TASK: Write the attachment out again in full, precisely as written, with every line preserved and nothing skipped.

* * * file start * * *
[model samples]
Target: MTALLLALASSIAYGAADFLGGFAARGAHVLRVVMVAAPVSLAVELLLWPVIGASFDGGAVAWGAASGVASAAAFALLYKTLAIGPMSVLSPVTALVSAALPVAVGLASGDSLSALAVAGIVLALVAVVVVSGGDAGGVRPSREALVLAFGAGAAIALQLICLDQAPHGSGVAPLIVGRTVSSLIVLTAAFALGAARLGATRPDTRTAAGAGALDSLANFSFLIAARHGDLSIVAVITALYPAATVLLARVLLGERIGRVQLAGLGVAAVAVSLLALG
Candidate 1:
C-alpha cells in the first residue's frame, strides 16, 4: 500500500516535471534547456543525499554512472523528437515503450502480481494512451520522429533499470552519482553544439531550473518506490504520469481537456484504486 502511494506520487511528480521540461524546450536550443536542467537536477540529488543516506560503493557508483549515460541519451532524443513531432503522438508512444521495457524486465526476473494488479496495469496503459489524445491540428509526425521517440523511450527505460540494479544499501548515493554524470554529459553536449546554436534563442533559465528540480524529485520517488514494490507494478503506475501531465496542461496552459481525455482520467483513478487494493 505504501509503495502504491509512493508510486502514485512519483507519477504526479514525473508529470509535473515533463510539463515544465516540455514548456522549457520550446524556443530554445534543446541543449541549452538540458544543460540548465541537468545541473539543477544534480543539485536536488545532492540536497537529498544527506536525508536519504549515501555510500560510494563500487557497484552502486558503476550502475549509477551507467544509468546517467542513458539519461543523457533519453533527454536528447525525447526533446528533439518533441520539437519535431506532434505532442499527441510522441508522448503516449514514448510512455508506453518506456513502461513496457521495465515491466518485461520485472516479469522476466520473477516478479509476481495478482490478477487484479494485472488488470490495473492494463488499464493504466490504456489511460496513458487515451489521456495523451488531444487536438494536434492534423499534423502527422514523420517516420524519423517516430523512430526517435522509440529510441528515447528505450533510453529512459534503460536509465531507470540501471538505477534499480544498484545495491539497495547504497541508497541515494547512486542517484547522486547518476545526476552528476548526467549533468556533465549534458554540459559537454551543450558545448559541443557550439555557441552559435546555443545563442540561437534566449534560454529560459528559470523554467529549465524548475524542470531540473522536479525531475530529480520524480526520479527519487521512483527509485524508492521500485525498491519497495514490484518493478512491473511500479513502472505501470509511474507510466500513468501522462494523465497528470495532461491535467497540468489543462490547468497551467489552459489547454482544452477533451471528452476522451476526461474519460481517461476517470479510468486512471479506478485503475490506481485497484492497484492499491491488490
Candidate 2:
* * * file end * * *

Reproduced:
[model samples]
Target: MTALLLALASSIAYGAADFLGGFAARGAHVLRVVMVAAPVSLAVELLLWPVIGASFDGGAVAWGAASGVASAAAFALLYKTLAIGPMSVLSPVTALVSAALPVAVGLASGDSLSALAVAGIVLALVAVVVVSGGDAGGVRPSREALVLAFGAGAAIALQLICLDQAPHGSGVAPLIVGRTVSSLIVLTAAFALGAARLGATRPDTRTAAGAGALDSLANFSFLIAARHGDLSIVAVITALYPAATVLLARVLLGERIGRVQLAGLGVAAVAVSLLALG
Candidate 1:
C-alpha cells in the first residue's frame, strides 16, 4: 500500500516535471534547456543525499554512472523528437515503450502480481494512451520522429533499470552519482553544439531550473518506490504520469481537456484504486 502511494506520487511528480521540461524546450536550443536542467537536477540529488543516506560503493557508483549515460541519451532524443513531432503522438508512444521495457524486465526476473494488479496495469496503459489524445491540428509526425521517440523511450527505460540494479544499501548515493554524470554529459553536449546554436534563442533559465528540480524529485520517488514494490507494478503506475501531465496542461496552459481525455482520467483513478487494493 505504501509503495502504491509512493508510486502514485512519483507519477504526479514525473508529470509535473515533463510539463515544465516540455514548456522549457520550446524556443530554445534543446541543449541549452538540458544543460540548465541537468545541473539543477544534480543539485536536488545532492540536497537529498544527506536525508536519504549515501555510500560510494563500487557497484552502486558503476550502475549509477551507467544509468546517467542513458539519461543523457533519453533527454536528447525525447526533446528533439518533441520539437519535431506532434505532442499527441510522441508522448503516449514514448510512455508506453518506456513502461513496457521495465515491466518485461520485472516479469522476466520473477516478479509476481495478482490478477487484479494485472488488470490495473492494463488499464493504466490504456489511460496513458487515451489521456495523451488531444487536438494536434492534423499534423502527422514523420517516420524519423517516430523512430526517435522509440529510441528515447528505450533510453529512459534503460536509465531507470540501471538505477534499480544498484545495491539497495547504497541508497541515494547512486542517484547522486547518476545526476552528476548526467549533468556533465549534458554540459559537454551543450558545448559541443557550439555557441552559435546555443545563442540561437534566449534560454529560459528559470523554467529549465524548475524542470531540473522536479525531475530529480520524480526520479527519487521512483527509485524508492521500485525498491519497495514490484518493478512491473511500479513502472505501470509511474507510466500513468501522462494523465497528470495532461491535467497540468489543462490547468497551467489552459489547454482544452477533451471528452476522451476526461474519460481517461476517470479510468486512471479506478485503475490506481485497484492497484492499491491488490
Candidate 2: